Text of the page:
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Measurement of Energy Metabolism in Explanted Retinal Tissue Using Extracellular Flux Analysis

Published: January 7th, 2019



1Division of Metabolism, Endocrinology and Lipid Research, Department of Medicine, Washington University School of Medicine, 2Department of Biomedical Engineering, Washington University in Saint Louis, 3Department of Ophthalmology and Visual Science, Washington University School of Medicine

This technique describes real time recording of oxygen consumption and extracellular acidification rates in explanted mouse retinal tissues using an extracellular flux analyzer.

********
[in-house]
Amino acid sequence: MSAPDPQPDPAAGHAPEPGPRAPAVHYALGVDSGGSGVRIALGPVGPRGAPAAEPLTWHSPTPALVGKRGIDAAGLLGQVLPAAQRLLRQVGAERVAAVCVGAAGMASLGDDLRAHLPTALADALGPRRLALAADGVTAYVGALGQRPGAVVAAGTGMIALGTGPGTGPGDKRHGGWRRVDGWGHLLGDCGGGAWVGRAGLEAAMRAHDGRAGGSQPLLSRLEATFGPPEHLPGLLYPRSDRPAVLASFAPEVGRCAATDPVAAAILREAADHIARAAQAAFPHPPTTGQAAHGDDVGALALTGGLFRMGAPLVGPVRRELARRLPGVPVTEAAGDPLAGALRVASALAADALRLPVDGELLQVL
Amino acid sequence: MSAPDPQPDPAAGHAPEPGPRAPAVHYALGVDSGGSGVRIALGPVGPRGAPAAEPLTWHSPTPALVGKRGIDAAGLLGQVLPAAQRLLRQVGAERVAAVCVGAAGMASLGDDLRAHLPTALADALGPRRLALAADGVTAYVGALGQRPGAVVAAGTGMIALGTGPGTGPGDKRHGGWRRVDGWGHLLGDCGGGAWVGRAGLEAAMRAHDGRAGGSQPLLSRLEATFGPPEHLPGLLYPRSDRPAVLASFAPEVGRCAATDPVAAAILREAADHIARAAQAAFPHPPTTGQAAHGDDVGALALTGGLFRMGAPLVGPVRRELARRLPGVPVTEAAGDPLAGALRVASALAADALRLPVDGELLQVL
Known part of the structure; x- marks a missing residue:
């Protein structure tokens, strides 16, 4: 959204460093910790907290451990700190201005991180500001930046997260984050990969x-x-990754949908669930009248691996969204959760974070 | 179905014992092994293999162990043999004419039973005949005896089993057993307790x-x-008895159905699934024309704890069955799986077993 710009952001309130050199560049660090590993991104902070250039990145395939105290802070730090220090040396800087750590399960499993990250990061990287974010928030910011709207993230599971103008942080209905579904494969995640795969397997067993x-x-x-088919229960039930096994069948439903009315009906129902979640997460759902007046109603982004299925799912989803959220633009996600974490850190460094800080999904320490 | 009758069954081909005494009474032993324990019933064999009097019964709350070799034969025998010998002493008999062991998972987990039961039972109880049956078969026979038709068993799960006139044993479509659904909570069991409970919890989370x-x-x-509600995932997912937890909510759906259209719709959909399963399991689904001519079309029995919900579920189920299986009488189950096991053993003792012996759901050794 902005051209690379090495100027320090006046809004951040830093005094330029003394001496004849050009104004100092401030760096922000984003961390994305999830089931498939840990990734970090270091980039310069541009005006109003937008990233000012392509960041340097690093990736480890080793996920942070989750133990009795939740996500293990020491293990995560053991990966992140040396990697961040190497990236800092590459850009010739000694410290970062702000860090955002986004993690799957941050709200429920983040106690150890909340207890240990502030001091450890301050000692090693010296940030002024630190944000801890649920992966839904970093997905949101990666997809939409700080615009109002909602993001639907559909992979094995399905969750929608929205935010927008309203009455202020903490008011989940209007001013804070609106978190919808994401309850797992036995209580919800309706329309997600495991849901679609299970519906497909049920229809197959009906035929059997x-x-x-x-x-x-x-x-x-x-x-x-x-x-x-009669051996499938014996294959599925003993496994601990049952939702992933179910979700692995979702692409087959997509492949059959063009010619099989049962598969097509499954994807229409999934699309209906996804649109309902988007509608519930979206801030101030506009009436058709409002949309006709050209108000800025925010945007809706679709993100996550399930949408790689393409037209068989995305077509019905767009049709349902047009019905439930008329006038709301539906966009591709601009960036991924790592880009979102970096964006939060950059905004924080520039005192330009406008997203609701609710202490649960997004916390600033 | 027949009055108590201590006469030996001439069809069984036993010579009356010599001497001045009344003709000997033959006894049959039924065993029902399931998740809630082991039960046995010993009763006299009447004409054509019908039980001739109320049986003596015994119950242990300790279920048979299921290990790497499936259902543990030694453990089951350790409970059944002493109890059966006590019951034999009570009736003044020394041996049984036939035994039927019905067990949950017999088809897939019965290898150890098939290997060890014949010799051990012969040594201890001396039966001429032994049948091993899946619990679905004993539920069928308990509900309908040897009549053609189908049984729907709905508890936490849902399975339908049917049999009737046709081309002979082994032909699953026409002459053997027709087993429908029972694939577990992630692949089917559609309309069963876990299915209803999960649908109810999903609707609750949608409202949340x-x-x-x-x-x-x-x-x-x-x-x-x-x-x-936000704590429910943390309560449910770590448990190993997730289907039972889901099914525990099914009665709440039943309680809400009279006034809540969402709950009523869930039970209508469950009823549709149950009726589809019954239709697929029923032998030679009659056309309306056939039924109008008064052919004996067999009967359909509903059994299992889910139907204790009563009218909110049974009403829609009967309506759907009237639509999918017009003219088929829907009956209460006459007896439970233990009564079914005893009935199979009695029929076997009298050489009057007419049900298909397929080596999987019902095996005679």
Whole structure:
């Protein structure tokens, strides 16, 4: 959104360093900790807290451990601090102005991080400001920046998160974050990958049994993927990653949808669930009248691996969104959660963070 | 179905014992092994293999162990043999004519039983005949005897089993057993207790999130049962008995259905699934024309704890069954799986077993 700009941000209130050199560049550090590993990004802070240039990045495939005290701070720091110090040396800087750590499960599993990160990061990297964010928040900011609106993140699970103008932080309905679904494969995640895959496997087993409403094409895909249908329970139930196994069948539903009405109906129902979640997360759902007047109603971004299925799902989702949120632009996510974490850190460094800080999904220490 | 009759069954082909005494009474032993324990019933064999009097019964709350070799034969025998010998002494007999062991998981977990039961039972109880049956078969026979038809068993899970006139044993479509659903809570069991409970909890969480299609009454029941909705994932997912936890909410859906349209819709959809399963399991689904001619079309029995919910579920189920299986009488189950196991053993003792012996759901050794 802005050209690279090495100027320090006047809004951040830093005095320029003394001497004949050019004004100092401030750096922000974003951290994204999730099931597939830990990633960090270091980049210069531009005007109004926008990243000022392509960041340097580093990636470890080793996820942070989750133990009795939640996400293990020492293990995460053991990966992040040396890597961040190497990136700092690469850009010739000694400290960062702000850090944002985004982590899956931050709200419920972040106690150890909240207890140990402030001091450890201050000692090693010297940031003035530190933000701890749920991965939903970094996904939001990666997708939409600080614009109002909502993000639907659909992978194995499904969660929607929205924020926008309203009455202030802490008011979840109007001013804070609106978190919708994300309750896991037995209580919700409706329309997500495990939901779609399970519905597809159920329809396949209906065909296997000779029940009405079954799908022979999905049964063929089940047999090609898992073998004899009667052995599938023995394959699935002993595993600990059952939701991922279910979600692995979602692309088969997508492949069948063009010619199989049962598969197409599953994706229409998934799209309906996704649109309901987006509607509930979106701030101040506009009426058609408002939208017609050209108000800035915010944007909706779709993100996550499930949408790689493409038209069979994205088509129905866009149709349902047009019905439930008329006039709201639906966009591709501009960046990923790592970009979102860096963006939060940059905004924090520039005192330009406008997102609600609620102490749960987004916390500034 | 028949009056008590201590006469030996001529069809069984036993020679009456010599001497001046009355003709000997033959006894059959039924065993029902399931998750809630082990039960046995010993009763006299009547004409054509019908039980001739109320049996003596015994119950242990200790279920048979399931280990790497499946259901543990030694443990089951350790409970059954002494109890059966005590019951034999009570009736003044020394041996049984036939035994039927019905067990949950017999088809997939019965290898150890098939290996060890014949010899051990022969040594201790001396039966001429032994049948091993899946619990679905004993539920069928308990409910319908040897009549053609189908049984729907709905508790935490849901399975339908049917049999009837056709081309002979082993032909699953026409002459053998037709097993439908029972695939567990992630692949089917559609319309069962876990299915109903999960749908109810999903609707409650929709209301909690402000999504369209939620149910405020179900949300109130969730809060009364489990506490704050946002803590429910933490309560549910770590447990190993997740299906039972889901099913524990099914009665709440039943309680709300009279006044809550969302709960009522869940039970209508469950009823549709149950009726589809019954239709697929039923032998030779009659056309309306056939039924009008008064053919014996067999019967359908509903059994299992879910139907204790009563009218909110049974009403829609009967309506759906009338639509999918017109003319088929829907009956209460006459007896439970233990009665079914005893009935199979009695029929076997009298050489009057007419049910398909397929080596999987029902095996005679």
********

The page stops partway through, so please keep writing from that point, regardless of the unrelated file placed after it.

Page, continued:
High acuity vision is a heavily energy-consuming process, and the retina has developed several unique adaptations to precisely meet such demands while maintaining transparency of the visual axis. Perturbations to this delicate balance cause blinding illnesses, such as diabetic retinopathy. Therefore, the understanding of energy metabolism changes in the retina during disease is imperative to the development of rational therapies for various causes of vison loss. The recent advent of commercially-available extracellular flux analyzers has made the study of retinal energy metabolism more accessible. This protocol describes the use of such an analyzer to measure contributions to retinal energy supply through its two principle arms - oxidative phosphorylation and glycolysis - by quantifying changes in oxygen consumption rates (OCR) and extracellular acidification rates (ECAR) as proxies for these pathways. This technique is readily performed in explanted retinal tissue, facilitating assessment of responses to multiple pharmacologic agents in a single experiment. Metabolic signatures in retinas from animals lacking rod photoreceptor signaling are compared to wild-type controls using this method. A major limitation in this technique is the lack of ability to discriminate between light-adapted and dark-adapted energy utilization, an important physiologic consideration in retinal tissue.